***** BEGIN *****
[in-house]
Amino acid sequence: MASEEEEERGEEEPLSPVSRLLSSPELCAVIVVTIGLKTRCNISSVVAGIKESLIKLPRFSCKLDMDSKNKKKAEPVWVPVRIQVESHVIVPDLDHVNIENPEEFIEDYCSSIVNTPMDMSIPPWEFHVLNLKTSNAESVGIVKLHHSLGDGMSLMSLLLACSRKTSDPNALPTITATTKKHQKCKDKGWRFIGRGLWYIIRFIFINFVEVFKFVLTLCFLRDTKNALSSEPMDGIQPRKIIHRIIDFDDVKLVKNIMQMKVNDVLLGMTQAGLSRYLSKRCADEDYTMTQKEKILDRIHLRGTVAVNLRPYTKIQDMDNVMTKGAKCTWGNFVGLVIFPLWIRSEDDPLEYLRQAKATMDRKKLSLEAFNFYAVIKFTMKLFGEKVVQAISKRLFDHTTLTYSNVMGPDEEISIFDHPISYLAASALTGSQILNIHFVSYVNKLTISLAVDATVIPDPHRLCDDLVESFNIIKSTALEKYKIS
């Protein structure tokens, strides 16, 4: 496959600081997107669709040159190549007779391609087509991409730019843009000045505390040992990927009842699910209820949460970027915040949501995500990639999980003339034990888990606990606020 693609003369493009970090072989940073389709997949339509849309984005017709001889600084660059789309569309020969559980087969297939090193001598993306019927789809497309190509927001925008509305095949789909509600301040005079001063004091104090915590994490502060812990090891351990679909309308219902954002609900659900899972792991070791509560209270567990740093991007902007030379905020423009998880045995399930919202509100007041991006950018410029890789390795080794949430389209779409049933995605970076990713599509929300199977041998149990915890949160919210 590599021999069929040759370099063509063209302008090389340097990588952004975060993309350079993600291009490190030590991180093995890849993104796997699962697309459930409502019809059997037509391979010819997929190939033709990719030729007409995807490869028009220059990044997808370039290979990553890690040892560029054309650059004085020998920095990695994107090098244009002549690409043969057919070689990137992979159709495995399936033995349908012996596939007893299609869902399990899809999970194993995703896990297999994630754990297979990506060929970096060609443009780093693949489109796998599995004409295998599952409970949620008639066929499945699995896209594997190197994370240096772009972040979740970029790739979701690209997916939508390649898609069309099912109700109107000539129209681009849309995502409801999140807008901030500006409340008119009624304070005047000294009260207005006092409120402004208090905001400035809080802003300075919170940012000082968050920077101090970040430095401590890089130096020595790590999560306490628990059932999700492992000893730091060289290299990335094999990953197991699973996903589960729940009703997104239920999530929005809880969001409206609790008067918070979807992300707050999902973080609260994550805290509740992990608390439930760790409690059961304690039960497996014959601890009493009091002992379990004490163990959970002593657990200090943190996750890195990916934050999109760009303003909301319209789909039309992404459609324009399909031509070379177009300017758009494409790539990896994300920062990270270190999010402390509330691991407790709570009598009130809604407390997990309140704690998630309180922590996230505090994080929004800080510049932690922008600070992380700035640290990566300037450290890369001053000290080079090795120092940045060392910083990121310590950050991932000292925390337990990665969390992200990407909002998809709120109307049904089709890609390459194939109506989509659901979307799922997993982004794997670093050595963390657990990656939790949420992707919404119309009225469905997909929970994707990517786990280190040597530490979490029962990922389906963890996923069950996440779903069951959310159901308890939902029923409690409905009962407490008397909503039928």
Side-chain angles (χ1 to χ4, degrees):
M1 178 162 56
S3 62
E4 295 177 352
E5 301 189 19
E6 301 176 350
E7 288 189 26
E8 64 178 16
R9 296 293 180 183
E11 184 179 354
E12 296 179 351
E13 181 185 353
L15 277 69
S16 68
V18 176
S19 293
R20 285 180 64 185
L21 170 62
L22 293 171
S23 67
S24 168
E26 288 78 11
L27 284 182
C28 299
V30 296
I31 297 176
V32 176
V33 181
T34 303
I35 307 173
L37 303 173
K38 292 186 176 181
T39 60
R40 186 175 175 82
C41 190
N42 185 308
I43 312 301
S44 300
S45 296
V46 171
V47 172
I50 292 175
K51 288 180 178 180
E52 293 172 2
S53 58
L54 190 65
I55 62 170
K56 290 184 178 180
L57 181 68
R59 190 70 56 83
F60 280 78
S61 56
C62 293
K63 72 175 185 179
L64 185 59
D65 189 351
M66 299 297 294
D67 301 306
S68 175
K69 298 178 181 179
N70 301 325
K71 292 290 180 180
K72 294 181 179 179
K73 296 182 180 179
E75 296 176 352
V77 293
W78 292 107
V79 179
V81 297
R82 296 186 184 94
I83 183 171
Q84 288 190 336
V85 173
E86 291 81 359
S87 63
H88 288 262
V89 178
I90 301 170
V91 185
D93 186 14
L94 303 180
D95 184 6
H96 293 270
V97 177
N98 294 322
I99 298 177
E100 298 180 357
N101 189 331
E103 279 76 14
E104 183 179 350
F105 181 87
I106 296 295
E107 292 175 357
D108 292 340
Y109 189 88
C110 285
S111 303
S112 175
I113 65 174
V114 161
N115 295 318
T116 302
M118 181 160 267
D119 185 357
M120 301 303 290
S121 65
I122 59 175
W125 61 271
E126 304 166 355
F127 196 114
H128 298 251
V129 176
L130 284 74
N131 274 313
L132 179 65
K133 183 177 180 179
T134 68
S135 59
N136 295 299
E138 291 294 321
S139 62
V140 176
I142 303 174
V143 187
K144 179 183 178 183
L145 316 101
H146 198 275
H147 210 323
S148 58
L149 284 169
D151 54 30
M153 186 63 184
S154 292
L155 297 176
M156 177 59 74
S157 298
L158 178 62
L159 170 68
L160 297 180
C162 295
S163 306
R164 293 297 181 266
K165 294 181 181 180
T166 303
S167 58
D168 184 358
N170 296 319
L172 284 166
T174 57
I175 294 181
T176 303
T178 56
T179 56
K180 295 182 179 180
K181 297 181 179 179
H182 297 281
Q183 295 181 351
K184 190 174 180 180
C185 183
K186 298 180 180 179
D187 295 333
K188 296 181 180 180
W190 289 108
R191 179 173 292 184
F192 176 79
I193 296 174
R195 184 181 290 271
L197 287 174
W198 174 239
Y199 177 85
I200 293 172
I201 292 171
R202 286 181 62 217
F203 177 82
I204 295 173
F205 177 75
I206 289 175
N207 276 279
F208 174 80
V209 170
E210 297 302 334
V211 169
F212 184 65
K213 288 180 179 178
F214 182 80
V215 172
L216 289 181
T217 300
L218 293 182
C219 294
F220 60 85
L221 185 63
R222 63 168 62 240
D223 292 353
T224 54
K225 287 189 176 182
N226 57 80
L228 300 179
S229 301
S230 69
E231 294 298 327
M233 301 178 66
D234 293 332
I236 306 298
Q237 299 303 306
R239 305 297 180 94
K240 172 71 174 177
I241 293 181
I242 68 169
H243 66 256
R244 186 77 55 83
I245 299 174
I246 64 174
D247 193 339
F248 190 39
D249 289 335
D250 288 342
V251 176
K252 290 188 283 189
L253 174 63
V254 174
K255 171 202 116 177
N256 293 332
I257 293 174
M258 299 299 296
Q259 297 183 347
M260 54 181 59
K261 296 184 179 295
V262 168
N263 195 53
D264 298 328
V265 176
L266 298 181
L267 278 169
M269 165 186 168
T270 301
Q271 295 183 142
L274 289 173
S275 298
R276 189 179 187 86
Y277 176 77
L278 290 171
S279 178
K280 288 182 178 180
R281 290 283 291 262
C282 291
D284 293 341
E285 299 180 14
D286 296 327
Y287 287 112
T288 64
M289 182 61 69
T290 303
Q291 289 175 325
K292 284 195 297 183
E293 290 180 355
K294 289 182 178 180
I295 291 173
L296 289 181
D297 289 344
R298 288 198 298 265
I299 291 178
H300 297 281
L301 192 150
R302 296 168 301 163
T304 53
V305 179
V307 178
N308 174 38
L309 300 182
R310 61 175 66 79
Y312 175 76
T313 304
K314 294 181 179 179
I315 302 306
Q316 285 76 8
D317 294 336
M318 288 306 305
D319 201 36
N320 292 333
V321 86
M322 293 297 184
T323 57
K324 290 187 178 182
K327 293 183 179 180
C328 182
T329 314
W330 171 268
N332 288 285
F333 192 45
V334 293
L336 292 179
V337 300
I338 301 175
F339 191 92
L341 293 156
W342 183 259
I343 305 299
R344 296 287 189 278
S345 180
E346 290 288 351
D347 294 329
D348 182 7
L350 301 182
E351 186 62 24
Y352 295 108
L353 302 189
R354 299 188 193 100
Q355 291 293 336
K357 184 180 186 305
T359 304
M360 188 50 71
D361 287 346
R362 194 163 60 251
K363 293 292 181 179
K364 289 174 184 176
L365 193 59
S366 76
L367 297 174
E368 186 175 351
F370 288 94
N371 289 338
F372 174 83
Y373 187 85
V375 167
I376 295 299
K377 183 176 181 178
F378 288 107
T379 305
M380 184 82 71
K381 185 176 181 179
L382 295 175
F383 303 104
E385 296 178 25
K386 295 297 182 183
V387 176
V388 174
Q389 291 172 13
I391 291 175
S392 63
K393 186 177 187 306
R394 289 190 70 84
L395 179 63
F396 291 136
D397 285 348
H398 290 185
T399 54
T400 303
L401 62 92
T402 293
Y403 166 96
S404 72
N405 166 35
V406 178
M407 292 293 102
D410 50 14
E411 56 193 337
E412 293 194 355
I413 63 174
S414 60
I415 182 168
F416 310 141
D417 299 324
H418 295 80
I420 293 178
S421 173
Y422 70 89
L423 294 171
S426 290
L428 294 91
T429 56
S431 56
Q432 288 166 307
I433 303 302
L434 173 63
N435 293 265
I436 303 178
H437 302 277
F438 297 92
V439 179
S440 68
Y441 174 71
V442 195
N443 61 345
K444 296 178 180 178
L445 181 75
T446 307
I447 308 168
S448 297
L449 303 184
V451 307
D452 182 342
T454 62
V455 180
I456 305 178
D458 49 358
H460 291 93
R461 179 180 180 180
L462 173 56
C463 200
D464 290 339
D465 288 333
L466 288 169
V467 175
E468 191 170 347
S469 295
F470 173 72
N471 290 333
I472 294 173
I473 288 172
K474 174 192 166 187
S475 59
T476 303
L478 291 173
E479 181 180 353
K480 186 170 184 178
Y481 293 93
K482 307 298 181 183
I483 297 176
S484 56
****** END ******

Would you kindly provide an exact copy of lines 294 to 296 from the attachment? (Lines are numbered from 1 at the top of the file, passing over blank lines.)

V334 293
L336 292 179
V337 300